The Day Song Was Murdered opts for the hard choice of live music. This choice relies on the strong assets of the production: the talented actors-singers and the live band of musicians that performs with a strong epic sense of theatre. The combination of live music and song, with the live actions of building the ark on stage produce an immense effect. The production ends with the victory of good over evil. The evil brother Silva’s young henchman Arius – who was adopted by Silva after Silva killed his mother – tries to kill the good brother Mada, who teaches him love in return. Such a Christian attitude has never seemed to work for the Copts, however, who cannot have peace no matter how much love and forgiveness they proffer. After slaughtering innocent people from Mada’s community he thus goes through a journey of self-exploration in a very emotional scene with Mada.

The two loving singers confront Arius with Silva

Arius gradually moves to the side of the ark builders and becomes the enemy of the cult that bred him. He turns against Silva and joins forces with the community of singers, who finally complete  the ark which transforms the stage into a gigantic icon of hope. The celebration helps us to forget that a ark cannot sail through sand, and that the location is still a desert, until rain drops on stage and by some miracle a river emerges in which the ark can move. The miracle of rain is interpreted as a sign of what love and solidarity can achieve, just as Mada and the young girl’s love for Arius changes him.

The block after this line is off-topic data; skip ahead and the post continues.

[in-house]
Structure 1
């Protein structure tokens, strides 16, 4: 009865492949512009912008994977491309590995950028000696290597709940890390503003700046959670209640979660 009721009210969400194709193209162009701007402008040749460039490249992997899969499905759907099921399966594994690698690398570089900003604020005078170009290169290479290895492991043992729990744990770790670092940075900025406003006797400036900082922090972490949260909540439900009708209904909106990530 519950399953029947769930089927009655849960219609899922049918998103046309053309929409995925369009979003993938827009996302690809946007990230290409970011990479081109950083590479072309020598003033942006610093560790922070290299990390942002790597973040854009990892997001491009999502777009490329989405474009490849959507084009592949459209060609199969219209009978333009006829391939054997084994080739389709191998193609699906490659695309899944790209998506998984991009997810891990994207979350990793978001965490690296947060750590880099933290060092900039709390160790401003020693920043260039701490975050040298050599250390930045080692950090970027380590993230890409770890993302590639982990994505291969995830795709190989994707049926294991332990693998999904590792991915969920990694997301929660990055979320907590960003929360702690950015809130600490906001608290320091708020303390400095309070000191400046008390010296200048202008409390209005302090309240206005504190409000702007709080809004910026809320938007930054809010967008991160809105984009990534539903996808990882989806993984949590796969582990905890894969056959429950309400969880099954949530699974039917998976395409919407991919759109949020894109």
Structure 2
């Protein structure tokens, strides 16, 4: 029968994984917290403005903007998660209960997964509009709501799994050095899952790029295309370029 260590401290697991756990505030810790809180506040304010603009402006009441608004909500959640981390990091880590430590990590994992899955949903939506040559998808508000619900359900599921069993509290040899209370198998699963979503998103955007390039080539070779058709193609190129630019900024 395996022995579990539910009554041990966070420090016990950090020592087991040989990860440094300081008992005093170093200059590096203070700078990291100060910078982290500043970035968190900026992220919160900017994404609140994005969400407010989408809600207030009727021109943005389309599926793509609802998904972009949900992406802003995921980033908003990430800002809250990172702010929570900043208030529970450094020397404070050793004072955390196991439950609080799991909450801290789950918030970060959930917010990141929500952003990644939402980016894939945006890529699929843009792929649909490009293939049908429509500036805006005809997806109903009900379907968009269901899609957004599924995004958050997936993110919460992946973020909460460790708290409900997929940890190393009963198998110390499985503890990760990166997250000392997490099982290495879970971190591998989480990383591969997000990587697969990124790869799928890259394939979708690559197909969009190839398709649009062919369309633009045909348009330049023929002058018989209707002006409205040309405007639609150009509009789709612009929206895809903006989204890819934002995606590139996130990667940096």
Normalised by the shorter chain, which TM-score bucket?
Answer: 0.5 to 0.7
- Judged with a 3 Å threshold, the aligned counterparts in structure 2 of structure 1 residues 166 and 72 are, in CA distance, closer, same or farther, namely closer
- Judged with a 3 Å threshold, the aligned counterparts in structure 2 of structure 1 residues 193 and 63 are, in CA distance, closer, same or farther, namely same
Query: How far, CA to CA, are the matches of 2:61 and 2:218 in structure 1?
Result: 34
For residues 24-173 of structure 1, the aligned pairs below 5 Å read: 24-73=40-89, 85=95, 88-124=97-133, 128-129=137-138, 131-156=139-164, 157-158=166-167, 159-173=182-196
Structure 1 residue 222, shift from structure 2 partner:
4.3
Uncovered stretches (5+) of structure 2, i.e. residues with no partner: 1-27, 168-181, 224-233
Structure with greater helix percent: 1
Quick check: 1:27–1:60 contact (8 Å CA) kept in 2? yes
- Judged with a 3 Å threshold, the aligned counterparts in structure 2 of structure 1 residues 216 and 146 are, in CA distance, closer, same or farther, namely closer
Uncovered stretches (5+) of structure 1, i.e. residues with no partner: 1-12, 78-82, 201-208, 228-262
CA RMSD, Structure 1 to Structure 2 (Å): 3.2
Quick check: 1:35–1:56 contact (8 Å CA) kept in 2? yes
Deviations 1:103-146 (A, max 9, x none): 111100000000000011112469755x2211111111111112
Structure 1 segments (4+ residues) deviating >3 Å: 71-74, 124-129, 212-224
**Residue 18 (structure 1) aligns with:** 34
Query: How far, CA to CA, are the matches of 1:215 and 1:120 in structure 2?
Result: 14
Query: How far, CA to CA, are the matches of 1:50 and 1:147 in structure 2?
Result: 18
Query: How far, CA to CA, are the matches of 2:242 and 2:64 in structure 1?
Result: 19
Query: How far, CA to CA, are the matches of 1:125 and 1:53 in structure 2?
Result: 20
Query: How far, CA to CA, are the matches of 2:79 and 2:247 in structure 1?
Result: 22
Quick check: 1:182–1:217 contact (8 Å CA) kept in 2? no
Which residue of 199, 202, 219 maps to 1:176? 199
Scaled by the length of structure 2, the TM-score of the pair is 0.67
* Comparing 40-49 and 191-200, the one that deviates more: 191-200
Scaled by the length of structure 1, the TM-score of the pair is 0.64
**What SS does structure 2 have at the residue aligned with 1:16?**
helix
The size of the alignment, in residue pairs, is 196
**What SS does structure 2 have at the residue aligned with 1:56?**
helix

There is a message that speaks to us directly in The Day Song Was Murdered, emotional and imaginary fuel to help the community of survivors get past the trauma, though I cannot see a rational explanation of why or how love could ever win over terrorism. I respect the intellectual message and the artistic creation of the staged myth, but I do not believe good faith and collective love will defeat ISIS. The Day Song Was Murdered inspires us with a fictional epic dream that replaces our everyday horror but it creates a false catharsis that becomes very painful once, by leaving the theatre, we wake up.